02:08:51 UTC

    -> Thanks for the advice. Seems like the LBS dork sold me the wrong size -> bike. I suppose I'll
    have to ride harder and more often so I can break -> it and justify getting a right-size frame. Just
    goes to show you, you -> can't trust everyone at the bike shop. ->

    welllllllll. Gathering needful info before we shop for anything is always advisable. If I had not
    been 6'6", had a good lbs, and checked into proper fit first i might have tried to fit a mountain
    bike like a road bike.

    --
    I hurt before the ride so fibro gives me a head start on the rest of the pack. silver lining?
    [email protected]
     
  7. John Morgan

    John Morgan Guest

    > I should have test ridden both medium and large sizes, but trusted the salesdude and just rode the
    > large. Maybe the fact that he was eyeing my wife the entire time should have warned me that he was
    > not to be trusted!

    Please excuse my fellow bike shop salesdude. It may be difficult for everyone to relate, but bike
    shops are not gathering places for beautiful women. I would venture to say that it is very rare
    indeed to see an attractive female walk into such an establishment... and if one happens to do so,
    it is usually by the side of an associated boyfriend or husband. Beautiful women who choose to enter
    a typical bike shop tend to cause a disturbance amongst the staff of the shop... or at least evoke
    some obvious staring and/or drooling, with scattered cases of stalking.

    Please be advised that you are not alone, and what you have experienced at your local bike shop is
    NORMAL. Thank you for your understanding in this matter.

    -John Morgan
     
  8. Bran

    Bran Guest

    [email protected] (triplezzz) spake thusly on or about Tue, 14 Oct 2003
    23:37:29 UTC

    -> When I'm stopped, I'm always a little nervous that I'm gonna stomp my -> 'nads against the top
    bar. Once I'm pedalling, though, I feel fine. I -> wonder if anybody else of my height has ridden
    both the large and -> medium sizes and can comment on whether my bike was mis-sized. ->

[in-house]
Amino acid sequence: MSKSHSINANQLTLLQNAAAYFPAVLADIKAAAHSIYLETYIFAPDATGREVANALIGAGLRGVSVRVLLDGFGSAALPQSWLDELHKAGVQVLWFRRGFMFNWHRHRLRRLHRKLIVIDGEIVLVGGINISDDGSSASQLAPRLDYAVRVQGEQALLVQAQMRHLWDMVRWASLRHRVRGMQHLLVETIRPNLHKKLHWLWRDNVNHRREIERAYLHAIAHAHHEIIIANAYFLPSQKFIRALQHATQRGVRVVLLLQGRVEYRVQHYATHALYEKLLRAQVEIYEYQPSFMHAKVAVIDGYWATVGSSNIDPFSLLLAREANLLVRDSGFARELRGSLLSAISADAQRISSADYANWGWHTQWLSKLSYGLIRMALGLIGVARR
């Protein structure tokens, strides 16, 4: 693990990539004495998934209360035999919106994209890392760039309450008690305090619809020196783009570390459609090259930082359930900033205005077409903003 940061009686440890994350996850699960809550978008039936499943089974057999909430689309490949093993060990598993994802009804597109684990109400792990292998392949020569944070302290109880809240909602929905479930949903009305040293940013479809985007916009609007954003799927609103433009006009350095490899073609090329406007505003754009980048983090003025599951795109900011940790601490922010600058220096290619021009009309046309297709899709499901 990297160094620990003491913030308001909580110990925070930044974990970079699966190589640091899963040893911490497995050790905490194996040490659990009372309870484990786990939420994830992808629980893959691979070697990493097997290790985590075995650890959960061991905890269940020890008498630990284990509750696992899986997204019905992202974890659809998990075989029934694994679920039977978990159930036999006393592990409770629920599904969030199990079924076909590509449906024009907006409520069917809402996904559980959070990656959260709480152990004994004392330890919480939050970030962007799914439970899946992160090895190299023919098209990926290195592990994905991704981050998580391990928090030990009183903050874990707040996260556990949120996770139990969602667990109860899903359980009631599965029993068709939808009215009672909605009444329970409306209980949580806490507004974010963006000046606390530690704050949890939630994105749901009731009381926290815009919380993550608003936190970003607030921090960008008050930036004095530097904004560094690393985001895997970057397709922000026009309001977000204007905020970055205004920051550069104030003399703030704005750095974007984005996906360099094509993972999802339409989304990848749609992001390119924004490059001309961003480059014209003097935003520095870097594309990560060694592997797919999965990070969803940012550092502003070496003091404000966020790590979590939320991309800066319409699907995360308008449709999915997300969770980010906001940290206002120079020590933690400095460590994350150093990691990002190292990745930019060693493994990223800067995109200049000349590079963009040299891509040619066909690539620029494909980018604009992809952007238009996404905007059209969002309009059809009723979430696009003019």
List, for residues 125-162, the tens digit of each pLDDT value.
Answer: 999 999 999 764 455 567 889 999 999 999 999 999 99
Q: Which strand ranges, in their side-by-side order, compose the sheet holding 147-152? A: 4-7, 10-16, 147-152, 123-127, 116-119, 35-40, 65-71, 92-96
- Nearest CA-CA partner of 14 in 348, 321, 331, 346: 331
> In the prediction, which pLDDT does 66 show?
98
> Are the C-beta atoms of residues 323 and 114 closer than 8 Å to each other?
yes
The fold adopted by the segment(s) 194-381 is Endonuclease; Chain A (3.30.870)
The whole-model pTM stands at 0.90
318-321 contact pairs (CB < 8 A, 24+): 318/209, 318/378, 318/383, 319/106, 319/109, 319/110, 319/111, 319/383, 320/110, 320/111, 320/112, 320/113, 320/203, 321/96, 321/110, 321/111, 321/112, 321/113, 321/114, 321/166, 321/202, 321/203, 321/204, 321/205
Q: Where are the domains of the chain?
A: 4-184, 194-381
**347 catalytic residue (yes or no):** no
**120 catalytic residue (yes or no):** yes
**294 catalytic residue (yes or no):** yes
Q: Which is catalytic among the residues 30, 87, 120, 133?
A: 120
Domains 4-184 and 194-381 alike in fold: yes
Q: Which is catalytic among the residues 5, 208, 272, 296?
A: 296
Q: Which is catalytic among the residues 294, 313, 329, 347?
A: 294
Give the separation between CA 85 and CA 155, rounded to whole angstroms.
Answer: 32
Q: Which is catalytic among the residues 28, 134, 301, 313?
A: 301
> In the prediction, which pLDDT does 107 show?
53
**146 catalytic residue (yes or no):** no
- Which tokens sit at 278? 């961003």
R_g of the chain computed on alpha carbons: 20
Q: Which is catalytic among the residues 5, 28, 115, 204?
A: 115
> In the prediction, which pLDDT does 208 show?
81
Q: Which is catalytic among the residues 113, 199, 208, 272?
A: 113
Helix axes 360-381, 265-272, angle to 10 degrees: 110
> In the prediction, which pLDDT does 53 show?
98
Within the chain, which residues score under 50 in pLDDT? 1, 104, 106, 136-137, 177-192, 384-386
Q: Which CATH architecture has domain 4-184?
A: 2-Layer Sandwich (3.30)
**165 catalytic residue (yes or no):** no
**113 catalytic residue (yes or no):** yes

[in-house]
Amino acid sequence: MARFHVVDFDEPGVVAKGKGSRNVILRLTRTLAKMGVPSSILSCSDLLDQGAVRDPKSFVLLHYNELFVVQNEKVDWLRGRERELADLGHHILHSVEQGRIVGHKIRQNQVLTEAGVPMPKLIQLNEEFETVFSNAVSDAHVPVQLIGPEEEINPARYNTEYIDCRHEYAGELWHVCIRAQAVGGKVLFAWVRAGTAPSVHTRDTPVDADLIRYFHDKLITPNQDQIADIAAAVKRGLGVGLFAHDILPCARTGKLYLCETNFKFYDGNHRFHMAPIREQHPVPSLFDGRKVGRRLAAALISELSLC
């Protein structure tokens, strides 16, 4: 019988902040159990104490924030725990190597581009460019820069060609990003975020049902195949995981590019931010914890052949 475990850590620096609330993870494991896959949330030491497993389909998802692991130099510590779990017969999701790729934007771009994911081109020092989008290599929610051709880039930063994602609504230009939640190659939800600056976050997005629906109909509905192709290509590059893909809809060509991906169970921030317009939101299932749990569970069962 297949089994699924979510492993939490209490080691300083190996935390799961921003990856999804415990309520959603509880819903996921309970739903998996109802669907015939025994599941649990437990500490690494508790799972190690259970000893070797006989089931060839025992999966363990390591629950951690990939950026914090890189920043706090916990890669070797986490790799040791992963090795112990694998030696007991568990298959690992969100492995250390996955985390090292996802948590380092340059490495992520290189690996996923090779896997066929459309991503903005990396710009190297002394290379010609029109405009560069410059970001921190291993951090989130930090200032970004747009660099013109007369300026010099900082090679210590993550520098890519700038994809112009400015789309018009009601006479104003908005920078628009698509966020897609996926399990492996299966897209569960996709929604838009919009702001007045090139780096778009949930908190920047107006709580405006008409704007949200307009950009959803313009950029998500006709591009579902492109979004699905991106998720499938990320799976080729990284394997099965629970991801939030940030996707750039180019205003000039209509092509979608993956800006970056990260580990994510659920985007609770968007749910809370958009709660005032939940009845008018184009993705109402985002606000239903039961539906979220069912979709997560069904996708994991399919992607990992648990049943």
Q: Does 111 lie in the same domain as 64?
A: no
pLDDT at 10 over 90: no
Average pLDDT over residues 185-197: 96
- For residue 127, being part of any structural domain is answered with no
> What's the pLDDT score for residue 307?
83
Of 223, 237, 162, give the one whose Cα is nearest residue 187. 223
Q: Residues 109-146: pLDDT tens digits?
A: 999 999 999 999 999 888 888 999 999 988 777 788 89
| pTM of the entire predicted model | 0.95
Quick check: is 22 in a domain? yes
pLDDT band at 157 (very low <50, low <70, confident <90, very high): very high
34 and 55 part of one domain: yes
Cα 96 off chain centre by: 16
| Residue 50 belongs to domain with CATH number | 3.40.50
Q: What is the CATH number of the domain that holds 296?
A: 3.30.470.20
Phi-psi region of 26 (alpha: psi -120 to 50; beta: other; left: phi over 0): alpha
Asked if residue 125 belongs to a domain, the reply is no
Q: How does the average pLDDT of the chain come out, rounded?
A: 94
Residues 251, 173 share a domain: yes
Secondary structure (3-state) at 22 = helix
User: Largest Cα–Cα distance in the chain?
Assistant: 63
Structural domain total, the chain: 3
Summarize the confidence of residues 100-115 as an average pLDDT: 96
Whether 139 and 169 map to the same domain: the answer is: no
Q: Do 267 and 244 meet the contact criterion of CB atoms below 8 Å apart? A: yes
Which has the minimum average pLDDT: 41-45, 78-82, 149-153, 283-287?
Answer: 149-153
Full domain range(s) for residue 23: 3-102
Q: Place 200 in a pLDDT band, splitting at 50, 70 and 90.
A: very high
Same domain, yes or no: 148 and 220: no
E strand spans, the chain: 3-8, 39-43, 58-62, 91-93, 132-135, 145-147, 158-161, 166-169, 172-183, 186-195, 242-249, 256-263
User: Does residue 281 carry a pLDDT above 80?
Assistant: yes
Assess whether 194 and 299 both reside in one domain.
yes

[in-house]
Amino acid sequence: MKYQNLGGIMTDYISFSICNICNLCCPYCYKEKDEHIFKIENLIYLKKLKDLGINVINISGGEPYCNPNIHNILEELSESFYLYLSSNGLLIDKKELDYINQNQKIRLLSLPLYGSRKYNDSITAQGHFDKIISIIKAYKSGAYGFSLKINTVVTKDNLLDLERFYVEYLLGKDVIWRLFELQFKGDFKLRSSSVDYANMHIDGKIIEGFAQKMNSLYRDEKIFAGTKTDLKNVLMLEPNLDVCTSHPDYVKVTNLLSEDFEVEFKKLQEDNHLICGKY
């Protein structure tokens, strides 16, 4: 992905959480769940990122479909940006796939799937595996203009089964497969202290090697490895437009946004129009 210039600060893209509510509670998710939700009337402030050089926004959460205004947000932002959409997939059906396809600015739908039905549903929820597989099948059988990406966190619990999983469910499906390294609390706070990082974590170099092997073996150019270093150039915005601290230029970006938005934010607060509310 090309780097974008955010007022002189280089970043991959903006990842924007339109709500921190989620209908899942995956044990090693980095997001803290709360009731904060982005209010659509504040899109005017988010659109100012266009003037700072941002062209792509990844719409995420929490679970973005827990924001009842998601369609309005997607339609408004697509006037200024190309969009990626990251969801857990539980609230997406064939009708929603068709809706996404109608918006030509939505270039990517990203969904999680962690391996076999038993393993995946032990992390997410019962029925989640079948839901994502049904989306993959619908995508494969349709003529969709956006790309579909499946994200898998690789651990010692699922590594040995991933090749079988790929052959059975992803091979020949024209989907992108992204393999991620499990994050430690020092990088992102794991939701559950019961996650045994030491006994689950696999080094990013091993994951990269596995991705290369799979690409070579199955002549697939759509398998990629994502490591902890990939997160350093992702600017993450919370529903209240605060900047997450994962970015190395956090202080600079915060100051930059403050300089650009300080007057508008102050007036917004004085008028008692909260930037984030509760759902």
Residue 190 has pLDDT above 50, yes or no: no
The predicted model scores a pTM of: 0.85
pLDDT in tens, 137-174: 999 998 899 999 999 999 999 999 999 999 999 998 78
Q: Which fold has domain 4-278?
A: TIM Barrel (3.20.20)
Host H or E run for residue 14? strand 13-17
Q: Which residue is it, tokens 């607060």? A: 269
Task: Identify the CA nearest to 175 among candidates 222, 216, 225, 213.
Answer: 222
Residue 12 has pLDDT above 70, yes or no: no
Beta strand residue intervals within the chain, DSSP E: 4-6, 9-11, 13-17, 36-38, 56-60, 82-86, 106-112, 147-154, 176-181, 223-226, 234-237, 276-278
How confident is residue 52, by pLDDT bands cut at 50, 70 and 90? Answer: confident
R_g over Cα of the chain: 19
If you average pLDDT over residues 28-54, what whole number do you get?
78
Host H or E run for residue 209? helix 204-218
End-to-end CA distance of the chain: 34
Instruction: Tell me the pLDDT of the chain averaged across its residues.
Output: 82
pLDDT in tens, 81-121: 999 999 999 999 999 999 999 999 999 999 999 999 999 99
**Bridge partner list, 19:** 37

should be able to lift the bike two inches at least when standing over the top bar. More if you are
    riding squirrely stuff.

    --
    I hurt before the ride so fibro gives me a head start on the rest of the pack. silver lining?
    [email protected]
     
  9. Bomba

    Bomba Guest

    triplezzz wrote:
    > I have a 2001, size LARGE Gary Fisher Tassajara and am not sure that I got the right size. I'm
    > 5'10" in bare feet and have a 32" inseam, which means that my legs are a bit shorter than average
    > for my height.

    Wrong size. I'm 5'9", have a 32" inseam and would usually go for a small or medium, depending on
    manufacturer.
     
  10. Mr. E. Mann

    Mr. E. Mann Guest

    [email protected] (triplezzz) wrote in news:[email protected]:

    > I have a 2001, size LARGE Gary Fisher Tassajara and am not sure that I got the right size. I'm
    > 5'10" in bare feet and have a 32" inseam, which means that my legs are a bit shorter than average
    > for my height. The salesdude at my LBS assured me that Large was the size for me because HE had a
    > large and he was about a 1/2" shorter. I should have test ridden both medium and large sizes, but
    > trusted the salesdude and just rode the large. Maybe the fact that he was eyeing my wife the
    > entire time should have warned me that he was not to be trusted!
    >
    > When I'm stopped, I'm always a little nervous that I'm gonna stomp my 'nads against the top bar.
    > Once I'm pedalling, though, I feel fine. I wonder if anybody else of my height has ridden both the
    > large and medium sizes and can comment on whether my bike was mis-sized.

    Small, medium and large don't really mean anything unless everyone has the exact same bike. I'm
    looking at replacing my Hardrock frame and the weyless Ultra I'm looking at say's it's 18", but
    it seems about the same size as the Hardrock I have which is a 19". My Tomac Revolver Pro is
    supposed to be
    18.5" Medium Large, but it feels quite a bit smaller than the Hardrock. Of course, how you plan on
    riding the bike makes a big difference too. My hardrock is a rgreat commuting bike and is very
    comfotable to ride to work, but it's not that great off road. My Revolver is absolutely awesome
    on the trails, but it's not a great commuter. FWIW, the guy who sold me the HardRock did a great
    job of sizing me up. Made sure I had plenty of clearence over the top tube, held the bike up
    while I sat on it to make sure it fit me right, and spent a lot of time talking about the